GIS Application Development
Through time, as users become more experienced with GIS, they require more complex applications. The initial Needs Assessment will contain some applications of a complex nature, however the majority of initial applications will be straight-forward, using the basic functionality that is part of every commercial GIS (e.g., query, display). The more complex applications usually are not supported by the basic functions of a GIS but must be programmed using the GIS macro language or other programming language. This guideline identifies several categories of applications that must be prepared by users and how overall requirements change over time.
Sales brochures, live demos and journal articles touting the impressive and extensive array of GIS capabilities creates the impression that application development is a non-issue. The vendors, it would seem, have already developed fully functional, out-of-the-box, meet-your-business-needs, GIS software. GIS can and should do anything and everything.
So why are we talking about application development?
Applications are the icing on the GIS layer cake; the highest level of customizable software. The underlying "cake" provides the functionality common to all user disciplines. Commercial GIS packages tend to focus on the common or basic applications - the "cake." When it comes to specialized uses, application development fills the needs for functionality. Though there is a great deal of commonalty in the basic spatial query and display functions, there is still a need for other advanced applications. We need additional applications because needs are different between organizations.
Commercial GIS development is driven by market pressure. The software vendors only respond to what makes economic sense for their market share. What's important to your organization may not be important to others. Because of this, there are no truly "off-the-shelf" applications that will match all of your needs. You either have to adapt your uses to their data model and functionality or you develop applications to fit your use environment.
Application development is not rewriting the GIS software, but instead custom applications to meet specific needs. The applications may be as simple as a set of preferences that are stored for each user group or individual and are run as a macro at startup time. Or they may be a very complex query that selects a group of layers, identifies features of interest based on attribute ranges, creates variable width buffers, performs a series of overlays and produces a hard copy map. In either case, an application is required to convert the user's ideas into a usable, stable product.
Applications are not restricted to user-defined needs. One of the short-comings of the needs assessment methodology presented earlier, is the focus on only end-user query, analysis, and display requirements. Collective needs, particularly those related to system-wide functions, are not identified by individual users. The most important of these are the data administration functions for maintaining the quality and integrity of the database, such as quality control, verification, editing, back-up routines, and security.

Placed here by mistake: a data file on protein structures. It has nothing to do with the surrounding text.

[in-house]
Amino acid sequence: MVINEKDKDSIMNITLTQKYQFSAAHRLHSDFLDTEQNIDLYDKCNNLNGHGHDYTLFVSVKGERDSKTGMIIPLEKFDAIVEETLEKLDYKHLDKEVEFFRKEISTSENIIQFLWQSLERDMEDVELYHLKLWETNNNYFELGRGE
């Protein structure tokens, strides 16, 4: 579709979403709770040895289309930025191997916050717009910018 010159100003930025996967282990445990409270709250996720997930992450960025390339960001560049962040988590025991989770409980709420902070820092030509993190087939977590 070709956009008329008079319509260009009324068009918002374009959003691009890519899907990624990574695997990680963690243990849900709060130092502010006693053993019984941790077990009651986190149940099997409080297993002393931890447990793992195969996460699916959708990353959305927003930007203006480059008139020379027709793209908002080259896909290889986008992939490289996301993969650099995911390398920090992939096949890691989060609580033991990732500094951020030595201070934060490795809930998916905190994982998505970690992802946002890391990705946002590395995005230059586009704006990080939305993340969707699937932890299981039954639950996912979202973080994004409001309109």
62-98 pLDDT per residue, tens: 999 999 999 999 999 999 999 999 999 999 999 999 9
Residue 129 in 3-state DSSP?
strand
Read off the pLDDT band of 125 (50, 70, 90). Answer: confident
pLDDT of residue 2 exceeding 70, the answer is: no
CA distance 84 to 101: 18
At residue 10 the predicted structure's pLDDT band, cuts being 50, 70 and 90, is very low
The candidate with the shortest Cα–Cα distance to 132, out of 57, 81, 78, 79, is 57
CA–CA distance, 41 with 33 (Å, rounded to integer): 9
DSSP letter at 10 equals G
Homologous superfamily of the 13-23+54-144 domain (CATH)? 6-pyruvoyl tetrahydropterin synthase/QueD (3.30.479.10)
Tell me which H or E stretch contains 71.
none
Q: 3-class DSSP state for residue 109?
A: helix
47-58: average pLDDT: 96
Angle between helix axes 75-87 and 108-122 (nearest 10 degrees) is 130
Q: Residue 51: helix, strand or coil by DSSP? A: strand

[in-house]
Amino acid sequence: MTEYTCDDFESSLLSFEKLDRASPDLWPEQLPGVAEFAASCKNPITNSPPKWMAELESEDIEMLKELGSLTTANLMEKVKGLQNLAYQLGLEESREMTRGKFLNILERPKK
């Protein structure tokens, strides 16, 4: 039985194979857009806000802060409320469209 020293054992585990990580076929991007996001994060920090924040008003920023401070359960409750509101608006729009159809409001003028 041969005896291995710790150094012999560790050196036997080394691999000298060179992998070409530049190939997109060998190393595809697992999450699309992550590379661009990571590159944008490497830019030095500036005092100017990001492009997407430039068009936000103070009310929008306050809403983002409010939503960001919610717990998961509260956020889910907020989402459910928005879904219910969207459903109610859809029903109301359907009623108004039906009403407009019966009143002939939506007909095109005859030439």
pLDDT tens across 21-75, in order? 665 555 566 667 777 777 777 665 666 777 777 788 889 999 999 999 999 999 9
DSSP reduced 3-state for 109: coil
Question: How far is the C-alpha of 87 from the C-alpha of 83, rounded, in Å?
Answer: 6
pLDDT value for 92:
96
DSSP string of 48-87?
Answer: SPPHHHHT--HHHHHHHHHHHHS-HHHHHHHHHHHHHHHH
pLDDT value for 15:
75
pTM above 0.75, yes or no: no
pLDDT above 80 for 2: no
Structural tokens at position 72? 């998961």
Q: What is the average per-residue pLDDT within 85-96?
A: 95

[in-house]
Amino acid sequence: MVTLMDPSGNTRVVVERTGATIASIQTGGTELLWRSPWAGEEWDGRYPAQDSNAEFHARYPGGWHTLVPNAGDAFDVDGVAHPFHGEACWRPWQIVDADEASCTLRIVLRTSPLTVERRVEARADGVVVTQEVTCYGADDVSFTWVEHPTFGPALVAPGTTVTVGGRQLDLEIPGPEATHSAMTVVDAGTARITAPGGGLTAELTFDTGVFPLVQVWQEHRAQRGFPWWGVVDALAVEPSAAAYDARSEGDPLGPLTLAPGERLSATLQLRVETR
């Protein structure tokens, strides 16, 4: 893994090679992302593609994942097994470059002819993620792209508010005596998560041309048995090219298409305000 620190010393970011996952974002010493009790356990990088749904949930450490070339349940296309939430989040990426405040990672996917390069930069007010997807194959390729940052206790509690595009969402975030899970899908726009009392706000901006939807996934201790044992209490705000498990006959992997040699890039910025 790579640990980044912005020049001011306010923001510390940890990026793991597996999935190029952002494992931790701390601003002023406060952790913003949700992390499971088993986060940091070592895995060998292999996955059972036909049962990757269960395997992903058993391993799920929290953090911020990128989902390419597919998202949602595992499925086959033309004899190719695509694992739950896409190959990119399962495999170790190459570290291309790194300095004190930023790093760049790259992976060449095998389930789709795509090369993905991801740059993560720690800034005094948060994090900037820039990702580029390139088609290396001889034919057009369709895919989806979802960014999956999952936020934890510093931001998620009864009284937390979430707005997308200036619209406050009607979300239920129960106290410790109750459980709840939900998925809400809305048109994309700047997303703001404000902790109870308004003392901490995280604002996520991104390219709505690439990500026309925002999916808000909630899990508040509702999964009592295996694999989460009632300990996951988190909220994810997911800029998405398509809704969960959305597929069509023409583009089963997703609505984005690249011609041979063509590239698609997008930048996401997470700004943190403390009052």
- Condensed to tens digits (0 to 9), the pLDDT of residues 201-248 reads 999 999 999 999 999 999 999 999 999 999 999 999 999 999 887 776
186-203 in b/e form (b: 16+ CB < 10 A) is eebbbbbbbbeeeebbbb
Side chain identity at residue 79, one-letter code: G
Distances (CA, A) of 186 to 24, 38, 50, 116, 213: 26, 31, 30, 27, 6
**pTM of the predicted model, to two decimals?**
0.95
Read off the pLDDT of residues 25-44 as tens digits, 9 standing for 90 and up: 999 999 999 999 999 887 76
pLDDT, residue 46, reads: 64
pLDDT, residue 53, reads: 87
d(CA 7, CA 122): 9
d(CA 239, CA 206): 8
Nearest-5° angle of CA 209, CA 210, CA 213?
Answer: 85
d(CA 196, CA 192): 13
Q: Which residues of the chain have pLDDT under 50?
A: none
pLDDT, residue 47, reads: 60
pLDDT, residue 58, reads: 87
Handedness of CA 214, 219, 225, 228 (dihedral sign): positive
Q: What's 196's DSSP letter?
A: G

Database applications fall into the following categories:
- database set-up (described as part of GIS System Integration)
- database management
- database maintenance
- data archiving and retention
Each step needs to be fully defined, as appropriate to the specifics of the GIS program. The main point here is not how these steps are completed but rather to identify all of the necessary steps and to emphasize the importance of planning and executing each one.
The MS Access metadata software tool accompanying these guides sets forth a structure for creating documentation needed for the management and maintenance of the GIS database. Table definitions for the metadata tool are in the appendix to the GIS use and Maintenance Guideline.
Formal Specifications for Advanced Applications
The documentation of applications in the Needs Assessment guideline describes methods suitable for preparing full and formal specifications for all applications. However, most applications in a new GIS will be of the simpler, more basic type (display, query, map overlay). These applications will likely be satisfied by the normal functionality that is included in most commercial GIS.
More complex applications, either database or spatial analysis, will require development using the GIS macro programming language. For these applications the process of preparing formal specifications, similar to what any large programming project uses, should be followed. The techniques recommended in the Needs Assessment guideline are data modeling by application (E-R technique) and data flow diagramming. These techniques are suitable to provide an overview of a complex application. Additional techniques should be used, as appropriate, including:
- structural analysis and programming
- rapid prototyping
As the application development needs increase, there will be a need for additional staff with the appropriate programming skills and experience using the macro programming language of the GIS.